There were times last season Rudy Gobert dealt with a sore back, so it might have been too much for him to do what he's been doing the last few games for the Timberwolves — carry them on that 7-1 frame.
That's what he did in Saturday's win over Charlotte, and he did it again as the rest of the Wolves struggled for most of a 102-94 victory Wednesday over the Western Conference-worst Spurs.
Gobert's 16-point, 21-rebound night rescued the 16-4 Wolves from what was nearly their most embarrassing loss of the season to the 3-17 Spurs, but by the end of the night, the crowd was on its feet and chanting "Rudy" as Gobert checked out of the game with 25.1 seconds left.
"It was great. I appreciate the love," Gobert said. "It's fun to watch this crowd embracing us and it's cool to feel it, because we've been through a lot of adversity last year."
Wednesday was another reminder of how far this team has come in a season, specifically Gobert and his perception among the fanbase after a mix of injuries and slowly-developing chemistry hindered him and the team last season.
"This is the best I've ever seen him play," Wolves coach Chris Finch said. "I didn't see him play every single minute he was in Utah, but this is the best I've seen him play on both ends of the ball. He's dominating defensively, and offensively he's quite the force there, too."
Wednesday was a referendum on just how important Gobert has been to the team. In an eight-point victory, Gobert was a plus-31 on the stat sheet, and the Wolves' worst stretch of the night came when he picked up his third foul with 9 minutes, 46 seconds remaining in the second quarter. The Wolves were ahead 27-23 at that point. Gobert didn't play the rest of the quarter and they were down 53-46 at halftime.
"Rudy went off the floor and our defense just fell apart, which can't happen," Finch said.
The Wolves still slogged their way through the third quarter, as everyone seemed a step slow after three consecutive days off. Anthony Edwards was especially rusty in his first game back from a hip pointer that caused him to miss the last two. Edwards finished with 17 points on just 4-for-17 shooting and even though he said wasn't in a lot of pain, it still affected the way he played.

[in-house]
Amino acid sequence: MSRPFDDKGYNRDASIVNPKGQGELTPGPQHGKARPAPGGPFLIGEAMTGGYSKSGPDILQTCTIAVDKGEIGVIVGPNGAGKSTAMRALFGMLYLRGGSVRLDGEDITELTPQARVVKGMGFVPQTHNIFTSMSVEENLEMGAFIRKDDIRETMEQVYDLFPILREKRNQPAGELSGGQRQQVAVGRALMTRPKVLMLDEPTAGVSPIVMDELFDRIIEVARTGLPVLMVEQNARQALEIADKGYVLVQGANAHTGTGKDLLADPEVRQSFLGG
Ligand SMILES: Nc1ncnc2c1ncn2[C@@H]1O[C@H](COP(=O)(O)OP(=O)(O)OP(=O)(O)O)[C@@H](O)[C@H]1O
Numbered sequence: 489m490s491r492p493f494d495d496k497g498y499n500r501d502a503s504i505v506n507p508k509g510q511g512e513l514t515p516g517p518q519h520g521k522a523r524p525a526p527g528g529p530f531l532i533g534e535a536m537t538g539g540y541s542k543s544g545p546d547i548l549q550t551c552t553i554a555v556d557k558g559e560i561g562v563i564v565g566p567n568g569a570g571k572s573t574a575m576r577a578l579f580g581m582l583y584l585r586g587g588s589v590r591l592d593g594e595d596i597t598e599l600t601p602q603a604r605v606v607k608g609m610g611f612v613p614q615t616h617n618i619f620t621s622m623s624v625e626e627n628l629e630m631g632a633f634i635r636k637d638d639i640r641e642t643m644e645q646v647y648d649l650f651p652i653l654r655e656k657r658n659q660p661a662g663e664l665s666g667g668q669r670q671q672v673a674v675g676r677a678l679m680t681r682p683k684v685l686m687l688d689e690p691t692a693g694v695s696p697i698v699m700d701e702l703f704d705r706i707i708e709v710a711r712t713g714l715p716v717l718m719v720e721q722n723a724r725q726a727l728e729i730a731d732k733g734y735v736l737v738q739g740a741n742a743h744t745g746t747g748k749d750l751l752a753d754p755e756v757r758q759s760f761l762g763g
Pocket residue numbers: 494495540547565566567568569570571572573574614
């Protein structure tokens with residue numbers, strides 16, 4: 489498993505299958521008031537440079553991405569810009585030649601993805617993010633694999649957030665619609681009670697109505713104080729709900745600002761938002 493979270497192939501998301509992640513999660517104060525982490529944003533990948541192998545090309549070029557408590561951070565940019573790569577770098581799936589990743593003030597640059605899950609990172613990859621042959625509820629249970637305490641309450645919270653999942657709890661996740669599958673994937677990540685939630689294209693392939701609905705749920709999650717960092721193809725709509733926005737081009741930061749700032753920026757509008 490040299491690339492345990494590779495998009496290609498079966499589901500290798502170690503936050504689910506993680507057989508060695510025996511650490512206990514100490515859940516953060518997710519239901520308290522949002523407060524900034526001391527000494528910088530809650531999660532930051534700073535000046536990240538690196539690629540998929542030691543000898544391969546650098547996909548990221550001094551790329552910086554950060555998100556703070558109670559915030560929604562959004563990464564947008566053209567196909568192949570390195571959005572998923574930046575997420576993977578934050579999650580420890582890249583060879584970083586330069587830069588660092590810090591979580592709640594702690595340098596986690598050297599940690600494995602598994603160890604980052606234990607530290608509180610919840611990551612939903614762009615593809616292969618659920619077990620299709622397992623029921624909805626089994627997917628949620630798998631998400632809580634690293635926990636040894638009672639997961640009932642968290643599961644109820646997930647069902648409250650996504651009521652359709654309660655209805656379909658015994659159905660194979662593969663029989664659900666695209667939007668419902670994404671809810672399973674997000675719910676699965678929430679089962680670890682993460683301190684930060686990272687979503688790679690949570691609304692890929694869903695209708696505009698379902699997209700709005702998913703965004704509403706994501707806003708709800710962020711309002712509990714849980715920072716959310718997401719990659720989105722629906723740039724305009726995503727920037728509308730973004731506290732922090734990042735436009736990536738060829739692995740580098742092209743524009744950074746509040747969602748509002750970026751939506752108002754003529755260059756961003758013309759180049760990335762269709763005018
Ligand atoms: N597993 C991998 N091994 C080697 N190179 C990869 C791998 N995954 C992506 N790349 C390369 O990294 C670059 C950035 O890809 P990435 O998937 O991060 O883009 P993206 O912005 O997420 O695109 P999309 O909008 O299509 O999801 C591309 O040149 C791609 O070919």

"Scared. I didn't want to do too much," Edwards said. "I think that was the main thing."
Edwards started to shrug that off by the fourth quarter, when the Wolves put together the stretch of basketball that finally put another one in the win column.
The Wolves trailed 77-75 before they went on the deciding 16-2 run. They shot just 30% from three-point range all night, but they saved some important makes for the fourth. Troy Brown (eight points) got the run started with a three. Then Edwards, Naz Reid — who provided key offense off the bench with 15 points — and Brown hit threes on consecutive Wolves possessions. Gobert punctuated the run with a couple of putback buckets to go with a block of Keldon Johnson. The Wolves led 91-79 and they averted disaster.
"Personally, I think I'm the best Rudy I've ever been, and I think there's still a lot of other ways to grow," Gobert said. "I'm pushing myself every day to keep learning, keep getting better and stronger. I'm hungry. I want to win."
The Wolves are obliging. They won their fifth straight and are 15-2 since losing two of their first three to open the season. It's a stretch that wouldn't be possible without Gobert reminding everyone who he is.
"He's actually getting back to the Rudy he was in Utah when it comes to defending the rim," Edwards said. "I think that translates onto the offensive end, him getting rebounds, catching it, finishing. His hands have gotten a lot better from last year to this year. That's a major leap."